Joyce Long was approved last month by the state Board of Regents as the new superintendent of the New York State School for the Deaf at 401 Turin St.
She succeeds David Hubman, who retired effective March 27 after five-and-a-half years in the position.
Long “has a distinctive profile and breadth of experiences that make her highly qualified for the position of superintendent....,” said state Education Commissioner MaryEllen Elia in a document to the Board of Regents that recommended Long’s appointment. “Her experience includes both district and building leadership, as well as experience in a Special Act school with a residential program. She has been commended for her ability to work with multiple stakeholder groups; in particular, her work with parents....”
Elia noted that in Long’s most recent position in the Greater Amsterdam City School District, she participated in a Quality Improvement Planning team leading to an increased focus on provision of programs and services for students with disabilities.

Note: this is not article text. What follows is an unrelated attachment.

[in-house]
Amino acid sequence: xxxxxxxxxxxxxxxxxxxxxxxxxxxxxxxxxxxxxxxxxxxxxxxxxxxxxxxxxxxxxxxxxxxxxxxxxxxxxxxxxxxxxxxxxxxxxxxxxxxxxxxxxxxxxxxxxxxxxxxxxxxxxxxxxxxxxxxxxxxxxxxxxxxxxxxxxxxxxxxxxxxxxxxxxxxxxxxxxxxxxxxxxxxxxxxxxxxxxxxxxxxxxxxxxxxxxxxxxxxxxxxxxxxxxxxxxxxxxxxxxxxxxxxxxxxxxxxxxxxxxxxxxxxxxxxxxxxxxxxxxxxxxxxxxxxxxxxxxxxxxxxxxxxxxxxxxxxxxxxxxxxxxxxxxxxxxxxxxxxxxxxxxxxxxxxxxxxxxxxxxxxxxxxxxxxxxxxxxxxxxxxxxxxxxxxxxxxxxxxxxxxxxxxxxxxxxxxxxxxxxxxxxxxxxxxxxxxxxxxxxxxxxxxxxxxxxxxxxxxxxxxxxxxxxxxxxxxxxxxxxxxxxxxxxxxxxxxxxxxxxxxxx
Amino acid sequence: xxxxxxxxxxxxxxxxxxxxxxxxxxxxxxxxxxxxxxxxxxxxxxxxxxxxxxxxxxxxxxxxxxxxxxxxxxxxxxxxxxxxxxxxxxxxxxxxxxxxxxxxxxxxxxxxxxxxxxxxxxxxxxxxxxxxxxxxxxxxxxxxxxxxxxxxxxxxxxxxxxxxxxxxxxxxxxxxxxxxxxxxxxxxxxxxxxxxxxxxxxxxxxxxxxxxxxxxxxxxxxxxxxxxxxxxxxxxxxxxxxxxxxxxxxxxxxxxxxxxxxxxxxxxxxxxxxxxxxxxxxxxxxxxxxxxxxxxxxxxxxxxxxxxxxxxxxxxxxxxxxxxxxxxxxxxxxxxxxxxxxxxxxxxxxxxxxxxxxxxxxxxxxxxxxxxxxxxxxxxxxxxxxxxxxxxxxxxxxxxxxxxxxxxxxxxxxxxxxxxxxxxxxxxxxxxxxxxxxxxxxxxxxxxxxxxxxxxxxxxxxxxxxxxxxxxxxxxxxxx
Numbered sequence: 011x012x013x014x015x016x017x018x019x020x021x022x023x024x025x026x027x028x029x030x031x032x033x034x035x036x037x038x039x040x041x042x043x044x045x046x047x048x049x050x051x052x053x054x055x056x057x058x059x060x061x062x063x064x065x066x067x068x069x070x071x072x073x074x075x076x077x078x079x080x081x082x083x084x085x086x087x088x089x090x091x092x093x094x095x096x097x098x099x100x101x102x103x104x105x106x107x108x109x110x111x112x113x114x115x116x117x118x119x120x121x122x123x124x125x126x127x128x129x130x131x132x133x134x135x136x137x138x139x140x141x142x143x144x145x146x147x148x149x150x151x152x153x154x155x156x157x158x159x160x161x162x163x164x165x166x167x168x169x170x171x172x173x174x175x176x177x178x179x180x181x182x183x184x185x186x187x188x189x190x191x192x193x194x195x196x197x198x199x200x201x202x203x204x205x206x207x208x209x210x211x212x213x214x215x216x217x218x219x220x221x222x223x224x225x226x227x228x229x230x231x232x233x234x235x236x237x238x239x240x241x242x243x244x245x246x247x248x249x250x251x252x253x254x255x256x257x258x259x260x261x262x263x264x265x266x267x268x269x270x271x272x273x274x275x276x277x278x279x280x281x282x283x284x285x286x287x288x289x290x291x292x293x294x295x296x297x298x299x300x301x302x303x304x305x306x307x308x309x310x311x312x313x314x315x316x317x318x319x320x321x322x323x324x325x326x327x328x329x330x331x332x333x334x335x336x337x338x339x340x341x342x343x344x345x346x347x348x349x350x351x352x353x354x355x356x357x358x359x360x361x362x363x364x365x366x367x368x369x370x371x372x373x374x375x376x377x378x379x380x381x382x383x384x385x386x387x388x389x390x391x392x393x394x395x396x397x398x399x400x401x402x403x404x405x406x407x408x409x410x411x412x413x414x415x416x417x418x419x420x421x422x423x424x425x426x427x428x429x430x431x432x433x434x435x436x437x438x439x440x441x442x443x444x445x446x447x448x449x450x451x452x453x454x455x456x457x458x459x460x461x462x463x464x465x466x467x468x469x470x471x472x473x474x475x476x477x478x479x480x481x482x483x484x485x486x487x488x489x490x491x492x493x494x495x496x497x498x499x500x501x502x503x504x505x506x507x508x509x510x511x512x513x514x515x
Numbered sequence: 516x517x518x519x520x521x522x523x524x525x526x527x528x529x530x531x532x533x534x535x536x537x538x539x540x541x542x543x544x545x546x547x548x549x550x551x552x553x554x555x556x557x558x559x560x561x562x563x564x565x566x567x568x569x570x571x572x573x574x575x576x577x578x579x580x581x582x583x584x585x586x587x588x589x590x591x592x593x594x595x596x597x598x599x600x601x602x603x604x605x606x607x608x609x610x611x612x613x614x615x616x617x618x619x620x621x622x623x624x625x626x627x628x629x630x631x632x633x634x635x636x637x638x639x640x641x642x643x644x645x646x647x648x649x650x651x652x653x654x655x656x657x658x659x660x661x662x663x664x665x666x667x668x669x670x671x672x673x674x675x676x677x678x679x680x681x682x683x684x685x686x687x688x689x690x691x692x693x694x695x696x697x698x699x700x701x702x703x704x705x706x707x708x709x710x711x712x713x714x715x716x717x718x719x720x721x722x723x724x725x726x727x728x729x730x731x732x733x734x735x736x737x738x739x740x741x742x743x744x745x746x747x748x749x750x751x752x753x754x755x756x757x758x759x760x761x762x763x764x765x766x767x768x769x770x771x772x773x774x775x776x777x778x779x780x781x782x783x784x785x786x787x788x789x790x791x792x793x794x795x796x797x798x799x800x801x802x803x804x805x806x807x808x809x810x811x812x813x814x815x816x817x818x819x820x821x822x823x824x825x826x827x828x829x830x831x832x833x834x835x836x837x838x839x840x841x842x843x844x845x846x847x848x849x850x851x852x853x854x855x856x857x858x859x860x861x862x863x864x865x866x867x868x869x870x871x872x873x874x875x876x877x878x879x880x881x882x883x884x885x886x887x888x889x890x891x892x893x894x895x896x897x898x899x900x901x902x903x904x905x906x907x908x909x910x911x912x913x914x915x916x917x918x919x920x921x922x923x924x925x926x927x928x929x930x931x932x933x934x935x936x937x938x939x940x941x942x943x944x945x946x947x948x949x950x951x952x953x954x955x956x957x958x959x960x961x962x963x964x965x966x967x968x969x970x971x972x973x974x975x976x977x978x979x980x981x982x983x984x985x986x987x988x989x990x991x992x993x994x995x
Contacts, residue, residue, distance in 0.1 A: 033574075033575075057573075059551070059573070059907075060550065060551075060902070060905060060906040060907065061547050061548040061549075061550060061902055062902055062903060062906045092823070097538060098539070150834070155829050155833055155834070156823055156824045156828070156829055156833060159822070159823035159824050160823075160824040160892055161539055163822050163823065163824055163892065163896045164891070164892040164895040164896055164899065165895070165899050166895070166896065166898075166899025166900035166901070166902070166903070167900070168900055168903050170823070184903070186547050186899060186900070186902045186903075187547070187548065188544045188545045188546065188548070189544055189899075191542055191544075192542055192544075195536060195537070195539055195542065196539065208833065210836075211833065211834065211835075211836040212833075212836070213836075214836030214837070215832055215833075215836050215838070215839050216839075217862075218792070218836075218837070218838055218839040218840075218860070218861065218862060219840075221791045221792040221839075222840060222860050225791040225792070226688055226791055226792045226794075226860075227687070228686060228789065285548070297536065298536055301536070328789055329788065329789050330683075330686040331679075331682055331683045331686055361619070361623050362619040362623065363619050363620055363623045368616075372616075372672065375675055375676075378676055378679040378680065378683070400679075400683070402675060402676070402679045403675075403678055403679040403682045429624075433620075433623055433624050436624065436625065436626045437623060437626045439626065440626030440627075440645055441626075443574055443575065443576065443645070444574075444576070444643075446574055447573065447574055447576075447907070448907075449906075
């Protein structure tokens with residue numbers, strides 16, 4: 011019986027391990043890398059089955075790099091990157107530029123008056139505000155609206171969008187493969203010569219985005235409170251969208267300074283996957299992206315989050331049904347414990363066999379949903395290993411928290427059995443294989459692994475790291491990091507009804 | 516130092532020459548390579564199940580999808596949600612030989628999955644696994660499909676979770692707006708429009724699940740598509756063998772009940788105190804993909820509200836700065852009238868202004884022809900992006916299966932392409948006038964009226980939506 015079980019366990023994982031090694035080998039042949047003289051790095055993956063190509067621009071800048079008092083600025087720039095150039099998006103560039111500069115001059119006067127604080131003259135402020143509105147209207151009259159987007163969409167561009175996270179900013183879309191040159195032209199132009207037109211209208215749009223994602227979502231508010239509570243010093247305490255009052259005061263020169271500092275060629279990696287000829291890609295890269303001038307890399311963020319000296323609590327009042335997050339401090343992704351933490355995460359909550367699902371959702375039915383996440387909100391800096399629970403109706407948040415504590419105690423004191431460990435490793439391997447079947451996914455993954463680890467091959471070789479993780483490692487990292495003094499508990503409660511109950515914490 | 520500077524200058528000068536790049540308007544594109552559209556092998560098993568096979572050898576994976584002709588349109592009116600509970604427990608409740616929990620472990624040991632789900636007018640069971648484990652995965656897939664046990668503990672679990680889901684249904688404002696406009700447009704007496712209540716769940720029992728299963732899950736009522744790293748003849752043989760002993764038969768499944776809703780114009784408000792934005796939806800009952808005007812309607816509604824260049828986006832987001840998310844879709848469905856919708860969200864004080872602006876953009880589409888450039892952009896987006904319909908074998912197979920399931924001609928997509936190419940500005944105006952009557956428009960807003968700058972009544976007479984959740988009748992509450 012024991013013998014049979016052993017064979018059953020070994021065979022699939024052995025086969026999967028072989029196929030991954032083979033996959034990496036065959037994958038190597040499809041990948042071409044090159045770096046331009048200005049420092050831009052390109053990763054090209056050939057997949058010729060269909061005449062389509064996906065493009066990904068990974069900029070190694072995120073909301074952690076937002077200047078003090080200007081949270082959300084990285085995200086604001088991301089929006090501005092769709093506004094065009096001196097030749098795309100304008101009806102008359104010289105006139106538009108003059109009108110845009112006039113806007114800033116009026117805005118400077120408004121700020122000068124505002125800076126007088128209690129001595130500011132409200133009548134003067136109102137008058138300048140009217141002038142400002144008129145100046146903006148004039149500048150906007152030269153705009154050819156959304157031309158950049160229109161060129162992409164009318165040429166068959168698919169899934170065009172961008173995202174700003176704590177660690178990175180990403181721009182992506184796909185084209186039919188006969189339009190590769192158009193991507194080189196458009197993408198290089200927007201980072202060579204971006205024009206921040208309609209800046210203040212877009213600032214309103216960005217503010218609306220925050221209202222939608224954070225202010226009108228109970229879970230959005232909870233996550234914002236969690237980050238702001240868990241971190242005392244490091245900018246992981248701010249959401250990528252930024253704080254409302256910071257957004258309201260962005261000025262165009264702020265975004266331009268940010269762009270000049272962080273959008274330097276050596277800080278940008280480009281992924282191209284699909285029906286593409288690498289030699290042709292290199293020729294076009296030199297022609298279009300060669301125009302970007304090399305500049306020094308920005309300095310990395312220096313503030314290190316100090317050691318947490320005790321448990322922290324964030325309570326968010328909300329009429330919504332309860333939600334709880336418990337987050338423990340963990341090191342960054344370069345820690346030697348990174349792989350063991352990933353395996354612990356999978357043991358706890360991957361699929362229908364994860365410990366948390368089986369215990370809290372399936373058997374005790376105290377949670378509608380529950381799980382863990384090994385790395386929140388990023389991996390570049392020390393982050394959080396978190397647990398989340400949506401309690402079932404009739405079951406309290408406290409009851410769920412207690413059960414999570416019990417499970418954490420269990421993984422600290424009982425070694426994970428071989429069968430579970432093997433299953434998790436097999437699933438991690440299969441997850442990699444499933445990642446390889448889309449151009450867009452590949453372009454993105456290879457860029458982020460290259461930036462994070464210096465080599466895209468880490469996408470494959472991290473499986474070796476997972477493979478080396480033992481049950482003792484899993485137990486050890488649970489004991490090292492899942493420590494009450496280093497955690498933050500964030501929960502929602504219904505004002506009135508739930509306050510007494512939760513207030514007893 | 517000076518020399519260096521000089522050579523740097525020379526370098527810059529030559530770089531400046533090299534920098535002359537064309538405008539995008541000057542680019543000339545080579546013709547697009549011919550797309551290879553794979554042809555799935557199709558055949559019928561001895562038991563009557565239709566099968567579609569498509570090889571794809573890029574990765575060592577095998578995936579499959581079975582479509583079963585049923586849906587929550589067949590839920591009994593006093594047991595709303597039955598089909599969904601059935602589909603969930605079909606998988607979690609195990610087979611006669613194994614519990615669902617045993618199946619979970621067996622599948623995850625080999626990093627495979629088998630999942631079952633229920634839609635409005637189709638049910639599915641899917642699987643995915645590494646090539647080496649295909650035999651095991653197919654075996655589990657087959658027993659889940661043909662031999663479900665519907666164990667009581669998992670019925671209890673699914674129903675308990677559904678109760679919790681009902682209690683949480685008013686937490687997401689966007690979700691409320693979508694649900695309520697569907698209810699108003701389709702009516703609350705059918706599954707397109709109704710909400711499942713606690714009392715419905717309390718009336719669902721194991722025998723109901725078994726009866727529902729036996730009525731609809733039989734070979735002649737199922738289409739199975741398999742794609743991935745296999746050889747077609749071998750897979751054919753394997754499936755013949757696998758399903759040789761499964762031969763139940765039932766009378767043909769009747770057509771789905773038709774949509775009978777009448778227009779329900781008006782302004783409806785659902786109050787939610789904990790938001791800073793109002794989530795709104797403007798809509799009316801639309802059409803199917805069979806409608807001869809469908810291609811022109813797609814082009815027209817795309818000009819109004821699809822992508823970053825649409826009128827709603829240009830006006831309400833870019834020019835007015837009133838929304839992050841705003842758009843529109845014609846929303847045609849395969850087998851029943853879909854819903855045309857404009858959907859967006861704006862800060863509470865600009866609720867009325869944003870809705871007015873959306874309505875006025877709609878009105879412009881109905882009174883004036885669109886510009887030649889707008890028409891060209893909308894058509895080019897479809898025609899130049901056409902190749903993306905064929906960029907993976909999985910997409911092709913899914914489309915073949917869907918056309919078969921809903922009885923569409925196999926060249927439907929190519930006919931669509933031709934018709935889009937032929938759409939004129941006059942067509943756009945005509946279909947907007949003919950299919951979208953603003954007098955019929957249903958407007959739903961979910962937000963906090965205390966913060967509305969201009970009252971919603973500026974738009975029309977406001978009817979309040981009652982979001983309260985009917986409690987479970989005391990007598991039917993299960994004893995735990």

In that district, Long was Committee on Special Education Chairperson of the Secondary Committee. Prior to that, she was Director of Special Services for Peekskill City Schools. Her background also includes having been a junior/senior high school principal in Greenburgh Eleven Union Free School District in Dobbs Ferry; Director of Pupil Personnel Services for Onteora Central School District in Boiceville; and Director of Education at Kaplan School in New Windsor.
Long has over 20 years’ experience in special education including “a strong focus on collaborative decision making,” Eilia added. “She has demonstrated impressive management of curriculum review and implementation, use of data to support instructional and accreditation processes, and residential program development. She also has an extensive knowledge of budgets and Individuals with Disabilities Education Act reporting requirements which will make her a strong asset” to the Education Department.
New York State School for the Deaf includes pre-kindergarten to grade 12 students from various locations in the state. Its enrollment at the start of the 2018-19 school year was 57.